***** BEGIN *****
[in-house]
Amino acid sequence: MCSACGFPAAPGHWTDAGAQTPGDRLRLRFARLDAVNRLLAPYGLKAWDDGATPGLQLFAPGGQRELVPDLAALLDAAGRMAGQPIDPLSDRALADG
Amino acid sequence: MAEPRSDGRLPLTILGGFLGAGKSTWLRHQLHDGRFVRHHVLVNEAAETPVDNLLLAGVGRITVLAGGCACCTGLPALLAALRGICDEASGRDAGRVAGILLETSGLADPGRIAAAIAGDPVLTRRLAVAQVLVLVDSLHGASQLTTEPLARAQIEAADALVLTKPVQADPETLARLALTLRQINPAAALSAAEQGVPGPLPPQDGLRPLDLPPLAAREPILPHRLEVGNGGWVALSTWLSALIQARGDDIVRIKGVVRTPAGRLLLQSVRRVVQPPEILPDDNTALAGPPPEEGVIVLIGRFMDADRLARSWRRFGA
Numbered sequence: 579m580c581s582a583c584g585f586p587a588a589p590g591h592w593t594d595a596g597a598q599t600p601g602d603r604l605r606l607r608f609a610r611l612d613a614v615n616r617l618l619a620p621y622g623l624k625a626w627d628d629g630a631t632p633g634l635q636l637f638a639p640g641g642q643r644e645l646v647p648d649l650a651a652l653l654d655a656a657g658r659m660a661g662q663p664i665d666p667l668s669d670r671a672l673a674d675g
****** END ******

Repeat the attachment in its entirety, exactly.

[in-house]
Amino acid sequence: MCSACGFPAAPGHWTDAGAQTPGDRLRLRFARLDAVNRLLAPYGLKAWDDGATPGLQLFAPGGQRELVPDLAALLDAAGRMAGQPIDPLSDRALADG
Amino acid sequence: MAEPRSDGRLPLTILGGFLGAGKSTWLRHQLHDGRFVRHHVLVNEAAETPVDNLLLAGVGRITVLAGGCACCTGLPALLAALRGICDEASGRDAGRVAGILLETSGLADPGRIAAAIAGDPVLTRRLAVAQVLVLVDSLHGASQLTTEPLARAQIEAADALVLTKPVQADPETLARLALTLRQINPAAALSAAEQGVPGPLPPQDGLRPLDLPPLAAREPILPHRLEVGNGGWVALSTWLSALIQARGDDIVRIKGVVRTPAGRLLLQSVRRVVQPPEILPDDNTALAGPPPEEGVIVLIGRFMDADRLARSWRRFGA
Numbered sequence: 579m580c581s582a583c584g585f586p587a588a589p590g591h592w593t594d595a596g597a598q599t600p601g602d603r604l605r606l607r608f609a610r611l612d613a614v615n616r617l618l619a620p621y622g623l624k625a626w627d628d629g630a631t632p633g634l635q636l637f638a639p640g641g642q643r644e645l646v647p648d649l650a651a652l653l654d655a656a657g658r659m660a661g662q663p664i665d666p667l668s669d670r671a672l673a674d675g